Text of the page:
Recommended NECO Physics Textbooks

1. Ike, E. E (2014) Essential Principles of Physics, Jos ENIC Publishers.

2. Ike, E. E (2014) Numerical Problems and Solutions in Physics, Jos, ENIC Publishers.

3. Nelson, M (1977) Fundamentals of Physics, Great Britain: Hart Davis Education.

4. Nelson, M and Parker … (1989) Advanced Level Physics (Sixth Edition), Heinemann.

5. Okeke, P. N and Anyakoha, M. W (2000) Senior Secondary School Physics, Lagos, Pacific Printers.

6. Olumuyionwa A. and Ogunkoya O. O (1992) Comprehensive Certificate Physics, Ibadan: University Press Plc.

Frequently Asked Questions About the NECO Physics Exams

What is the best approach for answering the NECO Physics exam questions in Paper 2?

The essay questions in Paper 2 are a chance to express your knowledge and writing skills. When approaching these questions, take a moment to read through all the options and choose the ones you feel most confident about. Then, plan your answers carefully, making sure to structure them clearly and provide plenty of examples to back up your points. Remember to keep an eye on the clock and leave yourself enough time to review your answers before submitting.

Can you provide tips for handling the practical test in Paper 3 in the NECO Physics exam?

When preparing for the practical test, make sure you’re familiar with the equipment and procedures you’ll be using. Pay attention to detail and follow instructions carefully, making accurate observations and measurements along the way. And don’t forget to practice your problem-solving skills, you never know what challenges might come your way during the test.

What should I do if I don't understand a question during the exam?

 Don’t panic, you’ve got options! If you come across a question that’s giving you trouble, take a deep breath and read it over carefully. Sometimes, just taking a moment to digest the question can make all the difference. If you’re still stuck, don’t hesitate to raise your hand and ask the invigilator for clarification. They’re there to help you, so don’t be shy about speaking up. Remember, it’s better to ask for help than to struggle in silence.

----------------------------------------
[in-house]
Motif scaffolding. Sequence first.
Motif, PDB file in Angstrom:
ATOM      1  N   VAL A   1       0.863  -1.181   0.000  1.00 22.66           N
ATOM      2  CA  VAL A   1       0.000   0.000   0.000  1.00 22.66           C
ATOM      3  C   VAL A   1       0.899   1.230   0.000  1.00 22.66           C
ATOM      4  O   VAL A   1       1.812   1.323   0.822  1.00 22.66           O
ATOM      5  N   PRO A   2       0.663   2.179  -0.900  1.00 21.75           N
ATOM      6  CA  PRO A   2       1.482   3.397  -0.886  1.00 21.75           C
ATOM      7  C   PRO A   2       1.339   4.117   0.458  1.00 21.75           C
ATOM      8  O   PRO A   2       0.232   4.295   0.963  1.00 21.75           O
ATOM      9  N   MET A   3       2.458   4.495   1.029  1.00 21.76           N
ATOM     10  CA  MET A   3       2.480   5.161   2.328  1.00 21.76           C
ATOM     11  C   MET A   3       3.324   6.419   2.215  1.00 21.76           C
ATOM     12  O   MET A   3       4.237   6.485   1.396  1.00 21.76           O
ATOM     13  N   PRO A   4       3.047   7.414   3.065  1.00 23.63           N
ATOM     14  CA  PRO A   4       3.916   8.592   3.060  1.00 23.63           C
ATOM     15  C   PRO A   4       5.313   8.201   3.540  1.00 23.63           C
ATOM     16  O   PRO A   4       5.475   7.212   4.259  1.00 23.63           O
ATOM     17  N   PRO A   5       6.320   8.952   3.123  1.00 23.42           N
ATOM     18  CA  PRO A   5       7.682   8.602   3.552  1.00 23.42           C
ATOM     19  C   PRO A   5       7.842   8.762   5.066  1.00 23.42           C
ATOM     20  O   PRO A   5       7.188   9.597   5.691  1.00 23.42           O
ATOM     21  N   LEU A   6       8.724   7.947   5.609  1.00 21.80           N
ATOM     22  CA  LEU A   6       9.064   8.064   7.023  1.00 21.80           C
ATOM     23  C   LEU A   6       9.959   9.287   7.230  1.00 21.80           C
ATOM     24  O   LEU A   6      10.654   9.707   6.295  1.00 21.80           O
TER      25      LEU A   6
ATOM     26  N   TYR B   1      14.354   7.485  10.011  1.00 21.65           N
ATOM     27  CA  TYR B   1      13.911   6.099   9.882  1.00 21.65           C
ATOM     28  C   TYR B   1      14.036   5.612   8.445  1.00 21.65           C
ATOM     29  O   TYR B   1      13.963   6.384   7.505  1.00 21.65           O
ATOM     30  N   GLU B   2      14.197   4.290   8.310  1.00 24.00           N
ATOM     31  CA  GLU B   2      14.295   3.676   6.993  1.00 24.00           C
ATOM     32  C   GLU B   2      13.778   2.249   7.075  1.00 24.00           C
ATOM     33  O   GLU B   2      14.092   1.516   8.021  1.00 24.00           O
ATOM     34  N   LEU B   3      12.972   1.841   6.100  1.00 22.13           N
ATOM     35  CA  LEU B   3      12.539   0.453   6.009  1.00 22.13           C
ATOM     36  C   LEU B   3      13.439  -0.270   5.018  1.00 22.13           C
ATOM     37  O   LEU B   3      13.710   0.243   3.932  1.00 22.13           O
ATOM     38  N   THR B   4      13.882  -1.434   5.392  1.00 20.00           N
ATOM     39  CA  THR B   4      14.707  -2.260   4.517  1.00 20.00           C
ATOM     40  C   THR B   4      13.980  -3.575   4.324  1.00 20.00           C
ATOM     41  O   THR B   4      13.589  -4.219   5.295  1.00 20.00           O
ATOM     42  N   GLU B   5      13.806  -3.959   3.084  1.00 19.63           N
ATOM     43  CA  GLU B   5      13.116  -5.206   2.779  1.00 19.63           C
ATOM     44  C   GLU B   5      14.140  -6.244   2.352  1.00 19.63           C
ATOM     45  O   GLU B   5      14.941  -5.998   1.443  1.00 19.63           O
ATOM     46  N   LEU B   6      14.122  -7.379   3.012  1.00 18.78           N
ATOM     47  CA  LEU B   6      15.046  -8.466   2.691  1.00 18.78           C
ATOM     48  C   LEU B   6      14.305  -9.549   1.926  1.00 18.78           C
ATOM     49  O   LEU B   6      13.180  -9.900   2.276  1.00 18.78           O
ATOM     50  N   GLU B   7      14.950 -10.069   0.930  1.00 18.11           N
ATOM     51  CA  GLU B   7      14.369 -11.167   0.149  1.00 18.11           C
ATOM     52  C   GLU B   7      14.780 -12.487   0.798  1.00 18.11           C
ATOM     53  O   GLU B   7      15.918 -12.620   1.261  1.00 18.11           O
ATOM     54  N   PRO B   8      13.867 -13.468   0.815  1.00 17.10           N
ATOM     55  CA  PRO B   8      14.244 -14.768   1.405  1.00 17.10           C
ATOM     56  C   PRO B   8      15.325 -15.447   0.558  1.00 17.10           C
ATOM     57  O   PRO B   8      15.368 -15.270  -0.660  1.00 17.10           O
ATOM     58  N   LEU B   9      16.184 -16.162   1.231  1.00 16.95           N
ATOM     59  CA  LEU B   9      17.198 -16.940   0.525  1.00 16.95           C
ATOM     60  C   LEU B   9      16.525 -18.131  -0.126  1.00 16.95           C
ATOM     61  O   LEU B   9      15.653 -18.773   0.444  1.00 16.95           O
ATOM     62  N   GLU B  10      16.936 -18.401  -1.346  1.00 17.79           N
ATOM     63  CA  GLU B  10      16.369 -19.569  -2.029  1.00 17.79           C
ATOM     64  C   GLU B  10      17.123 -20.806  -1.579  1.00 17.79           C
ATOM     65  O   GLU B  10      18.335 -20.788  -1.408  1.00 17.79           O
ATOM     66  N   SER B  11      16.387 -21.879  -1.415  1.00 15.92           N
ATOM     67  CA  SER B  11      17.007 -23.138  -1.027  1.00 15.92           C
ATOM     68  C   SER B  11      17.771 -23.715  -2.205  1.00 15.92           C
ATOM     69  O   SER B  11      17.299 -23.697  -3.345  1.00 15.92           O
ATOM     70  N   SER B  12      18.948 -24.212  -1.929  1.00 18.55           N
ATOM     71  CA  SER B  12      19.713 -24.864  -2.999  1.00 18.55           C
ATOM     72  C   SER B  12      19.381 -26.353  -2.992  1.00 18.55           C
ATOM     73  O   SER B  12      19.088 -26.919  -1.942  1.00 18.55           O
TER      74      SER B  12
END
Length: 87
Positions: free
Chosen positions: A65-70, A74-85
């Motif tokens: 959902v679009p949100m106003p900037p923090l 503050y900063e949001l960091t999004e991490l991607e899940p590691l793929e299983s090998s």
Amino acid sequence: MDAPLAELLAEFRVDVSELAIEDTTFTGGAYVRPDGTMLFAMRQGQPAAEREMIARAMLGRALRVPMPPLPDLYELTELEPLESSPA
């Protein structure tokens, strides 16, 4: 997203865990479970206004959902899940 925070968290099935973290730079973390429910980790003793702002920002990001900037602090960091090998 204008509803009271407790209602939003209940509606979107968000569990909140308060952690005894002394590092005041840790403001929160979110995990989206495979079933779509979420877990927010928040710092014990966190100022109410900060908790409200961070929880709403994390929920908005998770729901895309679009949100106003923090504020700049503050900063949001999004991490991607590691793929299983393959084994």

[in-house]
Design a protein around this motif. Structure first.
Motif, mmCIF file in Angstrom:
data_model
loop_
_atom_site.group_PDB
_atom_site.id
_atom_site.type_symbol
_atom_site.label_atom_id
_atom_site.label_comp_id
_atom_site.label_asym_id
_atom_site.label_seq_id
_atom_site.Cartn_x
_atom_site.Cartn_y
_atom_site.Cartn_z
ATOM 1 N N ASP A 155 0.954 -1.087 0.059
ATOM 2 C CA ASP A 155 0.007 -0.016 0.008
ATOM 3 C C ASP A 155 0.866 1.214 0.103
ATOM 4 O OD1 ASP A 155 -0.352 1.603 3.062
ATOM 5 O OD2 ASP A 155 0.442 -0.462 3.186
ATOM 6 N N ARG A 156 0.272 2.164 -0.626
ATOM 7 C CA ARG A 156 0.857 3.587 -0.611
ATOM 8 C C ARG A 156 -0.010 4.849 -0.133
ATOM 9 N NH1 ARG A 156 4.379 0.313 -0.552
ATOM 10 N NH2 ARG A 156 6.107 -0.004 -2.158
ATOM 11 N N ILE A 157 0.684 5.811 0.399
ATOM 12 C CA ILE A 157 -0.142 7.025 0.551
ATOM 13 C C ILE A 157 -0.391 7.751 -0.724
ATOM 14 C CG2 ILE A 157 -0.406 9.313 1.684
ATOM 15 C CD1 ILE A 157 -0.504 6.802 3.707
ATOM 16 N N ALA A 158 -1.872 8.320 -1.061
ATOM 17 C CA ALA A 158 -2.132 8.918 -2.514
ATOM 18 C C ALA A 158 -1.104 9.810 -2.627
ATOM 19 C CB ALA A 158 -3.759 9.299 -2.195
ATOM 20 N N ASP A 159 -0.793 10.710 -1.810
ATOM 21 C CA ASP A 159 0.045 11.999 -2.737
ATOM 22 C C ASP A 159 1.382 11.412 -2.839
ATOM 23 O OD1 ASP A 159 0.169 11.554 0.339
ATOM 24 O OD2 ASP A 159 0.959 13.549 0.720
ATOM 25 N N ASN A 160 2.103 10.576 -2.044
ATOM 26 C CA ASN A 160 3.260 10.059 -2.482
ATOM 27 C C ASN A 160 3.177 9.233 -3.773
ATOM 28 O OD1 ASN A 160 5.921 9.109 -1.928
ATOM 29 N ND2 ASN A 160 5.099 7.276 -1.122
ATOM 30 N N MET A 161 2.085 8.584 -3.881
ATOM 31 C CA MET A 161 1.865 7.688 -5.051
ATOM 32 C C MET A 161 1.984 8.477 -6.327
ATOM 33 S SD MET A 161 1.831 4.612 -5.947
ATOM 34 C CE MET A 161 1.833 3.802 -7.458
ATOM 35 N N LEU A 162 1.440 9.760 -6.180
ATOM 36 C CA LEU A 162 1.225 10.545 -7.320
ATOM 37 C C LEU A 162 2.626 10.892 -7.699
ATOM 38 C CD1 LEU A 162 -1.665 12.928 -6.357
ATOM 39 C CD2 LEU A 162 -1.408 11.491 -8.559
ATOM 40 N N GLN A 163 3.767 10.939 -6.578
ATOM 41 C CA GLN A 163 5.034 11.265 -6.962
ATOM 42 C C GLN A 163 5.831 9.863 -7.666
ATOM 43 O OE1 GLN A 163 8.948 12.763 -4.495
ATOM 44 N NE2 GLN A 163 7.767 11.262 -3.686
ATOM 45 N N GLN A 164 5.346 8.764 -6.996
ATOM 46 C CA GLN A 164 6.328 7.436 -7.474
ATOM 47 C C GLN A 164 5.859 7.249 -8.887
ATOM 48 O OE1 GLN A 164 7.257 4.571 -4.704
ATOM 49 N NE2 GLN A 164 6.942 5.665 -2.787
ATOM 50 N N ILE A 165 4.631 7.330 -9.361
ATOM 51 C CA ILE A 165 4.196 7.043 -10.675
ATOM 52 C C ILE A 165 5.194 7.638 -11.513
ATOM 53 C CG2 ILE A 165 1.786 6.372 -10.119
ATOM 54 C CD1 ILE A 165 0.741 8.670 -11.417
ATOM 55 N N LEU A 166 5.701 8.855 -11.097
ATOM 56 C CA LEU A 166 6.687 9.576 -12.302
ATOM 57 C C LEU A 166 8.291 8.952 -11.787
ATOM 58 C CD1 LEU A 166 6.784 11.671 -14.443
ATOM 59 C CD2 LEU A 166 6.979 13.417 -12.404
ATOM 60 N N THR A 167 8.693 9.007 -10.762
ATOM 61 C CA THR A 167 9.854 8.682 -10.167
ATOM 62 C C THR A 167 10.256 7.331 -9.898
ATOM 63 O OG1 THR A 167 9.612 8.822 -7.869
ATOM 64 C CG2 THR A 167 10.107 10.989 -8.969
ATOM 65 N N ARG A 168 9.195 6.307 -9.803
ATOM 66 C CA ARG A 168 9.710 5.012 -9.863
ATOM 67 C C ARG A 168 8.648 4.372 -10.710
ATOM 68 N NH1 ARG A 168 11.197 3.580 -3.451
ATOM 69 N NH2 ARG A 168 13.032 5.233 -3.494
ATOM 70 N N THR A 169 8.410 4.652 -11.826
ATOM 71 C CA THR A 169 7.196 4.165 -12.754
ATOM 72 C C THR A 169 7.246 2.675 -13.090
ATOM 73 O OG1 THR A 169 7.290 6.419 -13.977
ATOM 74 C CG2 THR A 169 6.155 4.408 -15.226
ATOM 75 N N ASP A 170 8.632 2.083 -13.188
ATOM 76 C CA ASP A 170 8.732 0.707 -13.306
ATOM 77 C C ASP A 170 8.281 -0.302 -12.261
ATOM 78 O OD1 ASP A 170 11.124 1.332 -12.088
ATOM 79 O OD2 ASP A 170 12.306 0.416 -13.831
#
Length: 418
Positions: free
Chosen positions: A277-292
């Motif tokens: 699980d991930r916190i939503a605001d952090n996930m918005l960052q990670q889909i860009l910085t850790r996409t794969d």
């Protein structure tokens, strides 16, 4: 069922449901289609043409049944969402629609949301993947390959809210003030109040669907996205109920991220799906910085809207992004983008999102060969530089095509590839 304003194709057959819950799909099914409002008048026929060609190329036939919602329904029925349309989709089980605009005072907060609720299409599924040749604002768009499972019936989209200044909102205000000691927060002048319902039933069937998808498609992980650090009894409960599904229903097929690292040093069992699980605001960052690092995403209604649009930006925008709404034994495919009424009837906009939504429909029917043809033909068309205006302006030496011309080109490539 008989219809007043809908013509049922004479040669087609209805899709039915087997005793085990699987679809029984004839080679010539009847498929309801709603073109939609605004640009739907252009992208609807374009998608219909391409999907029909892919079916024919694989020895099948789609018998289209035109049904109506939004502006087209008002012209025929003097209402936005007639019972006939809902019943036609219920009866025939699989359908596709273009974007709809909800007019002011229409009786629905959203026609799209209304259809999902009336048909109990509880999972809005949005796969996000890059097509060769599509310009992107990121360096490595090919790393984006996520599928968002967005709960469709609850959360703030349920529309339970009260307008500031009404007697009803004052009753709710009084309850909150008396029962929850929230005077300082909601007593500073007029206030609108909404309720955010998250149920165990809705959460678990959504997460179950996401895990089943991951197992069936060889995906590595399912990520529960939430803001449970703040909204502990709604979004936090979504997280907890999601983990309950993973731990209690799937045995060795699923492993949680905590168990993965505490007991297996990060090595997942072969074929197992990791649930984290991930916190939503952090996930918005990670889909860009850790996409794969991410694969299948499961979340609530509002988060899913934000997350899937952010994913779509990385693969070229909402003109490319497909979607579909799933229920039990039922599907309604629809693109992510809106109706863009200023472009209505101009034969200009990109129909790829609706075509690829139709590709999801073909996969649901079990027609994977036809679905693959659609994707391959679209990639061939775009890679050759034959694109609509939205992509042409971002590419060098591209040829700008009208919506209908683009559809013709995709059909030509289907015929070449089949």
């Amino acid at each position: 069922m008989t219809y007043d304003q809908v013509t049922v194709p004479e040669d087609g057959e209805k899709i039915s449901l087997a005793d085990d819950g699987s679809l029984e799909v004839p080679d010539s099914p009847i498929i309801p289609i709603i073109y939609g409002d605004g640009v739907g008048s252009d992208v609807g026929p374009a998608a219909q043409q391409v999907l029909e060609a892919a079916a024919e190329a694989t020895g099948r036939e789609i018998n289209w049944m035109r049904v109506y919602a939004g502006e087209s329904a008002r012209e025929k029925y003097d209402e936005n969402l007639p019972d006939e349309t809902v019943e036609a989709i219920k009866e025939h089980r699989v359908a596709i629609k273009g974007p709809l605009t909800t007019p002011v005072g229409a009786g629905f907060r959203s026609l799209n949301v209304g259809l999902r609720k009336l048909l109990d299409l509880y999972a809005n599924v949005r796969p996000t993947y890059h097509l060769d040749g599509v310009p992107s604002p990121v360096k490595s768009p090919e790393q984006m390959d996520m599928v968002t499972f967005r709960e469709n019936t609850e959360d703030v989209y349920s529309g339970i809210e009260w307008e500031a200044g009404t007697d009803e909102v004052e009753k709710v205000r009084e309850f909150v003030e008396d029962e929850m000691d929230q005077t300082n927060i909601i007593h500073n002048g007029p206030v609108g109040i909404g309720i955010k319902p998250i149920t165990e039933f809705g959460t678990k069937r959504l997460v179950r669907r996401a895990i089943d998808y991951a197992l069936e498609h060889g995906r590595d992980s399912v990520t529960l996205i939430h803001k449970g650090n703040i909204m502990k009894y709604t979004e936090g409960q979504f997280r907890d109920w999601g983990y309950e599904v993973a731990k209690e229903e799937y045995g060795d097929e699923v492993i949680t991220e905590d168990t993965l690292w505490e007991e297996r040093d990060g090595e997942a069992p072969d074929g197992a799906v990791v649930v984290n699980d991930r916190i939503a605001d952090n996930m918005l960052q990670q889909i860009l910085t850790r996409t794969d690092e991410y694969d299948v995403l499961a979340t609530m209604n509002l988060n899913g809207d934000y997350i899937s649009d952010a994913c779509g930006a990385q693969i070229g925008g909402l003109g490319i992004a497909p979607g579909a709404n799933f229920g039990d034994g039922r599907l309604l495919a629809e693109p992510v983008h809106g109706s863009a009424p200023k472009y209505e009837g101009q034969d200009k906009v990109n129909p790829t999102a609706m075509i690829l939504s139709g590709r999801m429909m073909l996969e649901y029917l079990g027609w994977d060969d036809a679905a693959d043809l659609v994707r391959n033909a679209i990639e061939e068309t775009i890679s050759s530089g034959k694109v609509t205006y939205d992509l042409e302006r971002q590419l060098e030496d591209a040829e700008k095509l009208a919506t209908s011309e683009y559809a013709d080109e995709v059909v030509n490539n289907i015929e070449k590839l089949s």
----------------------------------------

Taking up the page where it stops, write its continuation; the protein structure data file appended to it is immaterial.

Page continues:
What topics should I focus on the most when studying for the NECO Physics exam

When studying for the NECO Physics exam, it’s important to focus on all the key topics outlined in the syllabus. This includes concepts like matter, motion, energy, waves, fields, Atomic and Nuclear Physics, and electronics. Make sure to allocate your study time wisely and give each topic the attention it deserves. And don’t forget to review any areas where you feel less confident,every bit of preparation counts.

Can I use a calculator during the exam?

Yes, you can! Calculators are generally permitted for use during the NECO Physics exam. However, it’s always a good idea to double-check the exam guidelines or ask your teacher for confirmation just to be sure. Remember to familiarize yourself with your calculator and its functions beforehand so you can use it effectively during the exam.

How can I improve my problem-solving skills for the exam?

 Improving your problem-solving skills is all about practice, practice, practice! Start by solving a variety of physics problems from past papers, textbooks, and online resources. Pay attention to the steps involved in solving each problem and try to understand the underlying concepts behind them. Don’t be afraid to challenge yourself with more difficult problems as you become more confident.

How are marks awarded for the practical test in Paper 3?

 Marks for the practical test in Paper 3 are typically awarded based on the accuracy and completeness of your observations, measurements, and conclusions. Make sure to follow instructions carefully, record your data accurately, and present your findings clearly and logically. Pay attention to details like precision, accuracy, and units, and don’t forget to include any necessary calculations or graphs to support your conclusions. With careful preparation and attention to detail, you’ll be sure to earn those marks.